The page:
Latest articles

‘Metal’ houseplants with mettle

Here’s some tough plants that will thrive even under less-than-ideal growing conditions

Some of the most resilient and tough houseplants have a lot of mettle — they can endure inhospitable conditions and will thrive even when somewhat neglected. Is it any wonder that some of these plants have the names of metals in them? I call them “metal plants with mettle!”

Aspidistra Elatior (cast iron plant)

Probably the toughest of all the “metal” plants, the cast iron is a slow-growing foliage plant which will simply sit in any interior space — even a low-light environment — and not change in appearance for months. Its slow growth means that unlike many other plants, it will not soon become leggy and rangy.

This is an easy-care plant requiring little fertilizer (give it a low dose in spring and that will do). The cast iron plant needs to be watered sparingly as its slow growth means it has a very slow metabolism and will take up very little water. Although the plant will do best if the soil (which should have excellent drainage) is kept just moist, it will survive periods of drought, so if you forget to water it for a while it will survive. What it won’t survive is having its planting medium constantly sodden.

The long (30- to 60-cm) dark-green leaves are strap-like and only six to 10 cm wide, growing upright on fleshy thick stems. Like all foliage plants, it will look best if the leaves are cleaned regularly. Do this by wiping gently with a damp cloth starting at the bottom of each leaf and moving toward the end, while holding your hand under the leaf to support it so it doesn’t get bent or torn.

Begonia Masoniana ‘iron cross’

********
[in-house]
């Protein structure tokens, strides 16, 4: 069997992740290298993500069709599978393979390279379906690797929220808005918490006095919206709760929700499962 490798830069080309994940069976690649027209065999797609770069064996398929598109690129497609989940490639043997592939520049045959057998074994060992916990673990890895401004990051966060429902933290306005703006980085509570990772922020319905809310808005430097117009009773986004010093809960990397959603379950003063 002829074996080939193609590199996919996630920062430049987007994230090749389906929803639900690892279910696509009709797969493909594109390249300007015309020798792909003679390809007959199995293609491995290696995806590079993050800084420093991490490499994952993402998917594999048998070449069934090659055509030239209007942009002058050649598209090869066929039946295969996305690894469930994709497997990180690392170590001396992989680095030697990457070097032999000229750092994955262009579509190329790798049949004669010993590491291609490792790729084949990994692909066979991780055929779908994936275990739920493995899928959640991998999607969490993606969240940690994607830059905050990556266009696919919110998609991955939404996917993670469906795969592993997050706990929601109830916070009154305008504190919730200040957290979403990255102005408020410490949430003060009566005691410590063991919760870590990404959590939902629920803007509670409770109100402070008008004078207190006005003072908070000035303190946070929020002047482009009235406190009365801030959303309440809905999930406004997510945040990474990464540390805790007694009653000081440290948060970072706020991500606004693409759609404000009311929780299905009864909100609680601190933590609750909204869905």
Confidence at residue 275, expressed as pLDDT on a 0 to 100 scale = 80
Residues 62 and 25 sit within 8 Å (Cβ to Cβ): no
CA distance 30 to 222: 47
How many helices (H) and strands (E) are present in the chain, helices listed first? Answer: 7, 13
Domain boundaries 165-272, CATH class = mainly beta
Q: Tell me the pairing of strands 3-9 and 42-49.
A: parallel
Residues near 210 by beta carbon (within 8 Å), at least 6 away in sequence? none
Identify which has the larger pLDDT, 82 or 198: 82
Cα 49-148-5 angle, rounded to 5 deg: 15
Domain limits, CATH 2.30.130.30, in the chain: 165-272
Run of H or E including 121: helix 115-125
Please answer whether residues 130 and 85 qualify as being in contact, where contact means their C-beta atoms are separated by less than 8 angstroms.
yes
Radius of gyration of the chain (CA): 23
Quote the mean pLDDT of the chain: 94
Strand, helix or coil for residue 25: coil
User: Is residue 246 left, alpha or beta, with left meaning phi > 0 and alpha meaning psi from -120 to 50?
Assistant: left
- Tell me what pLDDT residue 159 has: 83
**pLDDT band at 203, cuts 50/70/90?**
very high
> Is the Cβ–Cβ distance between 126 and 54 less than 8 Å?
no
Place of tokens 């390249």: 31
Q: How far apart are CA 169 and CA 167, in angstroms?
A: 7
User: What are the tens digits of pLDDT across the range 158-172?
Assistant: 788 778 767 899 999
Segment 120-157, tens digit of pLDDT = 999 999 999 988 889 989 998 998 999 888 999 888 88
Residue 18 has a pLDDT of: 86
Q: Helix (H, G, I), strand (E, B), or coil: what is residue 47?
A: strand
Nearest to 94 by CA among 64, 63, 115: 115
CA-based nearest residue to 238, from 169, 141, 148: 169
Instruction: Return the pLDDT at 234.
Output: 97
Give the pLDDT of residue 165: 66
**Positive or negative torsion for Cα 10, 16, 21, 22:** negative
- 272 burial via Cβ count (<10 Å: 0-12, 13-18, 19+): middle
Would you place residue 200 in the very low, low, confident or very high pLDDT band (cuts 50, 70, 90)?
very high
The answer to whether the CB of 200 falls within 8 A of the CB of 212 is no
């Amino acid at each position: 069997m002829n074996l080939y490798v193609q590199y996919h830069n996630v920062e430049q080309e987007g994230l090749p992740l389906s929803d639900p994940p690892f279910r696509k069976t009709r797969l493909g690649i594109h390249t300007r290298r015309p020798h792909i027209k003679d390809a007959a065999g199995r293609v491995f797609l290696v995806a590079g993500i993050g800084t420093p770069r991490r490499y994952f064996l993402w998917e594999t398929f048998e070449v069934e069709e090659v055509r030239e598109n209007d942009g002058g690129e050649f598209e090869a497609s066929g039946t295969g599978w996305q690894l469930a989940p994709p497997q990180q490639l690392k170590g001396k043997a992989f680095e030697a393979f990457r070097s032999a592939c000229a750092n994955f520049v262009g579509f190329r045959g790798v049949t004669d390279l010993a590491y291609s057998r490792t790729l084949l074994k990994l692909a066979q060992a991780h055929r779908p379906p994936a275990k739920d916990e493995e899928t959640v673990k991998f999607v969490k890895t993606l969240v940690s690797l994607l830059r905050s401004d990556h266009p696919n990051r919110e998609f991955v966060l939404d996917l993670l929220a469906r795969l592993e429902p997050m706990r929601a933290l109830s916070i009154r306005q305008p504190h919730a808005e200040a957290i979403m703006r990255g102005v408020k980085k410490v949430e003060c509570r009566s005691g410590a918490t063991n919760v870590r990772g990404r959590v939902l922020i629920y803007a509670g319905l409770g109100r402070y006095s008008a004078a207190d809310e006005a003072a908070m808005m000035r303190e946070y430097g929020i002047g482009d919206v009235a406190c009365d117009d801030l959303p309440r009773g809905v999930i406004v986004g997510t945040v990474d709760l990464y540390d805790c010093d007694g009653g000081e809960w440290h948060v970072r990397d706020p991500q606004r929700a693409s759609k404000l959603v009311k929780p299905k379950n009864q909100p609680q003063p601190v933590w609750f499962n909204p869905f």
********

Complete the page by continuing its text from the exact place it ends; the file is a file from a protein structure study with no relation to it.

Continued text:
Although not quite as tough as the cast iron plant and requiring a little more TLC, the iron cross begonia is a stunning foliage plant for the interior. Its heavily textured light-green leaves each have a reddish-brown marking resembling an iron cross. The unique foliage is exquisite but iron cross begonias also produce pale-pink flowers held above the leaves on sturdy stems. Some people cut these off to encourage the development of more healthy foliage.

This begonia grows from rhizomes and therefore should not be planted too deeply in a very porous planting mix. The crown should be slightly above the top of the soil. Although it prefers moist soil, water is the main cause of an iron cross begonia not thriving or indeed dying. Do not overwater, provide excellent drainage and keep water off the foliage and crown. Watering by filling its saucer with water is the best method as the water is gradually absorbed and not concentrated in the top. Like all Rex begonias, iron cross likes high humidity so in the winter set the container on a pebble tray of water. It is usually propagated by leaf cuttings and often goes into dormancy in mid-winter so don’t be alarmed if many of the leaves shrivel and the plant declines. It will recover but hold back the water if this happens rather than increasing it.

Kalanchoe ‘Copper Spoons’

Another “metal” plant with vividly coloured foliage is a cultivar of kalanchoe called “Copper Spoons,” because its oval leaves are covered with fine cinnamon-coloured hairs that give the foliage its distinctive colour. It is a succulent so it can withstand drought but performs best when its soil is kept moderately moist. It likes humidity so a pebble tray might be used in the winter. Not a low-light plant, provide with as much direct sunlight as possible; in front of a south-facing window would be ideal. “Copper Spoons” likes a rich soil containing lots of organic matter and good drainage. Grown as a houseplant this shrub (in its native habitat) will grow about 30 cm high, but it can be pinched to control its height. If the plant is getting enough light it will produce bright-yellow flowers in late winter.

Pilea Cadierei(aluminum plant)

The aluminum plant is often used in dish gardens and terrariums. It is a small tabletop plant that looks good grown as a specimen in a small pot or combined with other similar-size plants. All Pileas (aluminum plant is a member of the large Pilea family) like high humidity and their planting mix to be kept moist (not wet). It gets its name from the big splashes of silver on its dark-green, rippled leaves. Bright indirect light suits this plant best and because it likes high humidity, it is often included in a grouping of small potted plants whose proximity increases the humidity around all the plants.

Many plants get their names from their appearance and all but one of the four “metal” plants I have described get their common names from their foliage. All four, however, have mettle — they are tough and resilient, suitable for any plant collection.

About the author

explore

Stories from our other publications

Comments